Is Covid-19 a Petri dish for corruption?

Stories about coronavirus-related corruption are springing up like mushrooms. In effort to stem the spread of the virus, many countries declared a national emergency, which leads in some cases to weaker institutions and decreased transparency. Clearly, governments need to move quickly in a period of emergency, but removing completely the usual consultation and transparency procedures can open the door wide to corruption.

The Romanian government for example eliminated the obligation to consult and make public draft laws during its own national period of emergency. This behaviour only accentuated similar tendencies present before the crisis. Six weeks before the crisis, the same government passed without consultation 25 emergency ordinances in one night. One of them relaxed public procurement rules for “critical IT infrastructures”.

Already weak institutions are further weakened by the crisis and officials become brazen. The Romanian head of the commission for clinical and epidemiological management of Covid-19 in the ministry of health went so far as to ask publicly for legislation that stipulated that no investigator can touch the people in charge of public procurement of medical supplies – even after the crisis is over and they are out of office.

This does not happen only in Romania; the current crisis encourages corruption all over the globe. Bribery opportunities increase particularly in the health sector and particularly in countries where the health sector is underdeveloped and corrupt even in “normal” times. This phenomenon was also observed in West Africa during the Ebola crisis, according to Transparency International.

The measures taken to combat the coronavirus created very favourable conditions for corruption. There are more tenders for medical equipment and digital devices to accommodate the “shut-in economy”, which create more opportunities for bribes. The opportunities for corruption also arises from the need to finalise these tenders quickly during a medical crisis. Sicily’s coronavirus coordinator and nine other Italian officials have been arrested on suspicion of taking two million US dollars worth of bribes. Ukrainian anti-corruption officials announced that they are investigating a tender for over 70,000 hospital protective suits after the government bypassed procurement rules. In Peru, 166 cases of alleged corruption carried out during its state of emergency are being investigated.

Decreased travel makes it easier for dictatorships to isolate their populations from the outside world and promote corrupt practices. Governments also used the corona crisis to suppress political gatherings and demonstrations, which also facilitates corruption. The ban on travel to some extent weakens international pressure as international organisations and watchdogs have less access to direct information.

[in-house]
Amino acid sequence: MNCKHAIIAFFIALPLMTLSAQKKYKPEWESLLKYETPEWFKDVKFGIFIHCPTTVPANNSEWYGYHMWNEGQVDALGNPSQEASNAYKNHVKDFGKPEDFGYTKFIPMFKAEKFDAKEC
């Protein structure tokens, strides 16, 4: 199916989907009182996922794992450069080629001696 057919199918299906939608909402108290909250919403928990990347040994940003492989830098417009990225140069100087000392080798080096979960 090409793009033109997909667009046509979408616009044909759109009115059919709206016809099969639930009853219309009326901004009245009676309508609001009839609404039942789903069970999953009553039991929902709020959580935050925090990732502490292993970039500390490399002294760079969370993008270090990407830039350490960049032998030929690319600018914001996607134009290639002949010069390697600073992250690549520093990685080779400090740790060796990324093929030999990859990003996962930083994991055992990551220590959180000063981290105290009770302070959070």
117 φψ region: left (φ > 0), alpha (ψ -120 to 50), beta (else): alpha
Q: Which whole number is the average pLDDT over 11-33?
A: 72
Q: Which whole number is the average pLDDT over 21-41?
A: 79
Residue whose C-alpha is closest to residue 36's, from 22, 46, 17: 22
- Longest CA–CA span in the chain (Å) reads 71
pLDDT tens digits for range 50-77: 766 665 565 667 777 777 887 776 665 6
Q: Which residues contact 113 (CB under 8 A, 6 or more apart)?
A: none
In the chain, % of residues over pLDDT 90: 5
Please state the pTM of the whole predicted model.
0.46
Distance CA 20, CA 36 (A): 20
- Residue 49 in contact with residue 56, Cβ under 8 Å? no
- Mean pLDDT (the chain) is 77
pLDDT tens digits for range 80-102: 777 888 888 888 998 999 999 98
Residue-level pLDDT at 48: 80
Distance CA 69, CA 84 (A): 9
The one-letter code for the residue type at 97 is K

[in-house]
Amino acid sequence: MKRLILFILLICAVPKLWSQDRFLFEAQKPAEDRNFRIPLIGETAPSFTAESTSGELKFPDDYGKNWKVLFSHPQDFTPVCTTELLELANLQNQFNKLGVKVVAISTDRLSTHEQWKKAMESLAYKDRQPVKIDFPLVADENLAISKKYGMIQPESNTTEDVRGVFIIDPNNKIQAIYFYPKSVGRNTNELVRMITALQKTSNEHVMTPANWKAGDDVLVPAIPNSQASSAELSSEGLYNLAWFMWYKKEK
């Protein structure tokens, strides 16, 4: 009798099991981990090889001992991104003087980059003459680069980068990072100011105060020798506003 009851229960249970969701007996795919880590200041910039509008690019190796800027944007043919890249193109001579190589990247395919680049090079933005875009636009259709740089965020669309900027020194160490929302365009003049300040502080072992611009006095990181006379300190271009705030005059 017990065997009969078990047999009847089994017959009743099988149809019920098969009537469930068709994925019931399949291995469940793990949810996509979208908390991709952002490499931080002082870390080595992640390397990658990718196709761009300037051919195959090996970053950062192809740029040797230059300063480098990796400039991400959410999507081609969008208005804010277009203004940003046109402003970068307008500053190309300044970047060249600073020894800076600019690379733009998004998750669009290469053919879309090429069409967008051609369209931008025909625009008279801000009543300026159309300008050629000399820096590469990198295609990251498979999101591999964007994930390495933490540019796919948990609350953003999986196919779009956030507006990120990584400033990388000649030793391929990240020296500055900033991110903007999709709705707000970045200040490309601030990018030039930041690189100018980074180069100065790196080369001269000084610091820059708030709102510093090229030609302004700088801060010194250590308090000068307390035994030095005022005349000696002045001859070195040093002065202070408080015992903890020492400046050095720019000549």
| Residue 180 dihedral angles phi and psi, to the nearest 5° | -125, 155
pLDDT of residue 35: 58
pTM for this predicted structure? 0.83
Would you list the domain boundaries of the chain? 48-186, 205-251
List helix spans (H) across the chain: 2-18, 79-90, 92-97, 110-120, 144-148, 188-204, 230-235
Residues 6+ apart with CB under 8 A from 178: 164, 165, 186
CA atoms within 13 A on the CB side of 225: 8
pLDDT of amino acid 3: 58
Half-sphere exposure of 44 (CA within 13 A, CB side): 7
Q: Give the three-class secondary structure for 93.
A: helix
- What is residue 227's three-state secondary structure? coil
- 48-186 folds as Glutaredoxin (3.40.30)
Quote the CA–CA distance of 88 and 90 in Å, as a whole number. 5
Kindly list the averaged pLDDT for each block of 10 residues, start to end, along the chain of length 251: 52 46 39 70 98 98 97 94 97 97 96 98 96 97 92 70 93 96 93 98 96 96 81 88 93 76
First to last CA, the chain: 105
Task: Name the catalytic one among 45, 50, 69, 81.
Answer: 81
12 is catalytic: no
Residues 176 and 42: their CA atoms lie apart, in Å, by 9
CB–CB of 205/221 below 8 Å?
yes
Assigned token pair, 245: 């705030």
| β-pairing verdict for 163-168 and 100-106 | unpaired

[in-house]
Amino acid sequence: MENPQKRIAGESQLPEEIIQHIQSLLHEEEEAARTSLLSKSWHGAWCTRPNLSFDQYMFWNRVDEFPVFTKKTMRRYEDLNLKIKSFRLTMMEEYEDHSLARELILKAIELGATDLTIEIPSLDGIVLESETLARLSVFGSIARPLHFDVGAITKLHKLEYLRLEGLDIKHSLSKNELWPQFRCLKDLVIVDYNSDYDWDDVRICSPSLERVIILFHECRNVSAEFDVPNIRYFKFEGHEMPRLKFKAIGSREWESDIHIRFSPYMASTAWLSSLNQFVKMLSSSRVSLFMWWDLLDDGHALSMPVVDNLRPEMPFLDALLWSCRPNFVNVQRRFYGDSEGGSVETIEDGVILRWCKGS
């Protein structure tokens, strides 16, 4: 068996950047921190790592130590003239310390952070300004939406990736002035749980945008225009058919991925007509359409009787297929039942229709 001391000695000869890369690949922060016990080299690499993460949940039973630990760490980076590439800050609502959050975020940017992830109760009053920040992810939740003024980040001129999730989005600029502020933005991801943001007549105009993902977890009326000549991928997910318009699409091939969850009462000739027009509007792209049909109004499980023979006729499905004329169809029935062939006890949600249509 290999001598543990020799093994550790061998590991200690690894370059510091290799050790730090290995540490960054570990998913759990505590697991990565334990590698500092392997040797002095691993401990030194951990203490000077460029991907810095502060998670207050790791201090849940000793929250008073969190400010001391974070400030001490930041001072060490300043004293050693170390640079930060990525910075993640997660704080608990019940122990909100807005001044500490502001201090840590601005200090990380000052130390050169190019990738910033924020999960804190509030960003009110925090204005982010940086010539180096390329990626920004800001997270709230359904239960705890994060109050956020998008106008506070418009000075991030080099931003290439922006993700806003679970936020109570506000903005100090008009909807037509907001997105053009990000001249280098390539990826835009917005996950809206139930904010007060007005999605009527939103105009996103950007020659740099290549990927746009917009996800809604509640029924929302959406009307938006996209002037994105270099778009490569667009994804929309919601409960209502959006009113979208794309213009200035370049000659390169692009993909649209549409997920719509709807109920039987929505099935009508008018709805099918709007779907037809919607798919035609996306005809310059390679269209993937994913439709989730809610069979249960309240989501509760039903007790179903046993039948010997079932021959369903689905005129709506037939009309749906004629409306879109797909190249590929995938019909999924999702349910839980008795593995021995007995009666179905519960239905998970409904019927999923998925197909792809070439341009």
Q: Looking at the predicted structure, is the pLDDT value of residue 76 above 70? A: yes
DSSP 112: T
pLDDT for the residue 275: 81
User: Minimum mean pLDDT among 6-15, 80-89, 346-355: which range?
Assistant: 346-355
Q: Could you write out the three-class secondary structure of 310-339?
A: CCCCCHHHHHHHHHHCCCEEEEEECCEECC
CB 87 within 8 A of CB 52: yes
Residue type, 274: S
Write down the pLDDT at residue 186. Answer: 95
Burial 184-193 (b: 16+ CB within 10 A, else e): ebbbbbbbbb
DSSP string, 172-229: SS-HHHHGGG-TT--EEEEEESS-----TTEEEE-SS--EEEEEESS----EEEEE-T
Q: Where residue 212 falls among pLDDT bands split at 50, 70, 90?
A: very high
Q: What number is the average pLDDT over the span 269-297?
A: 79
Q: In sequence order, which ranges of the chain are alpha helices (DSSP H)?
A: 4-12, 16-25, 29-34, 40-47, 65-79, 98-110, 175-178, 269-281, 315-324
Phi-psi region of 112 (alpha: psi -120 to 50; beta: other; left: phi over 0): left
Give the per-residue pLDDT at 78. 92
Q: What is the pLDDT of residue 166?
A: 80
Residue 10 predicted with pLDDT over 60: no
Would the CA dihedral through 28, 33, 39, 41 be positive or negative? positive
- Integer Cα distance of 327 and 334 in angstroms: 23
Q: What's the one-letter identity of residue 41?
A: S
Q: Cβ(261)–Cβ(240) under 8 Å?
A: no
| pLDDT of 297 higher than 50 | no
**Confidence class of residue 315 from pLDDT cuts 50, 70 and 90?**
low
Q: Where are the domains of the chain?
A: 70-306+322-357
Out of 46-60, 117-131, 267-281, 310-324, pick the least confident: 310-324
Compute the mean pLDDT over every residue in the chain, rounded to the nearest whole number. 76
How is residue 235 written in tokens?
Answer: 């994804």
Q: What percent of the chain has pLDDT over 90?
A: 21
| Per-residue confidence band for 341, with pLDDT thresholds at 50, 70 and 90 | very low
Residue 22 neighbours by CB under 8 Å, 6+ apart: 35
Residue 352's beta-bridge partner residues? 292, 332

The efforts to decrease the spread of the disease led to more regulations which in turn led to more opportunities for extortion of bribes (for example, if restaurants must have tables two metres apart, then inspectors can demand bribes if tables are only 1.5 metres apart).

The economic crisis that will follow the corona crisis also has the potential to encourage corruption. In a recession, many firms will be looking for ways to cut costs and corners, increasing the temptation to compromise standards. The “shut-in economy” hurt many firms, but also helped a few to make lots of money and gain market share. In a post-corona world, the “winning” firms will dominate their markets and have far more influence on government. This can lead to illegal influence on government decisions.

A cut in wages for some bureaucrats as a result of fiscal consolidation and lower incomes for some politicians could also encourage bribe-taking.

The solutions are not new, but they need to be adapted to the situation at hand. Keep at least an adequate level of transparency while keeping the government agile in the time of crisis. Simplify the consultation procedures and shorten the time of debate, but do not eliminate them completely. Make use of technology to stay transparent in times of crisis and social isolation and, more importantly, to keep the trust of citizens. Do not cut pay for key bureaucrats, especially those dealing with procurement. Firms should strengthen their whistle-blowing policies.

Punishment for stealing in times of crisis should be higher than in normal times to deter illegal behaviour. For example, in Peru, congress presented a bill that seeks to punish anyone who commits a corrupt act in the difficult moments of the coronavirus pandemic with life imprisonment. Increased penalties can be better reinforced by messaging from leadership.

The corona crisis does not need to end in a fully-fledged corruption crisis. Such events could create the stimulus to move nations on a path of less corruption. According to an article by Jan Teorell and Bo Rothstein, after Sweden lost a war with Russia, it made the transition from a corrupt bureaucracy to a clean one.

There is hope.

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About the author

Ioana Petrescu

Ioana Petrescu

Dr Ioana Petrescu is a Senior Fellow at the Mossavar-Rahmani Center for Business and Government at the Harvard Kennedy School and a former Romanian finance minister.

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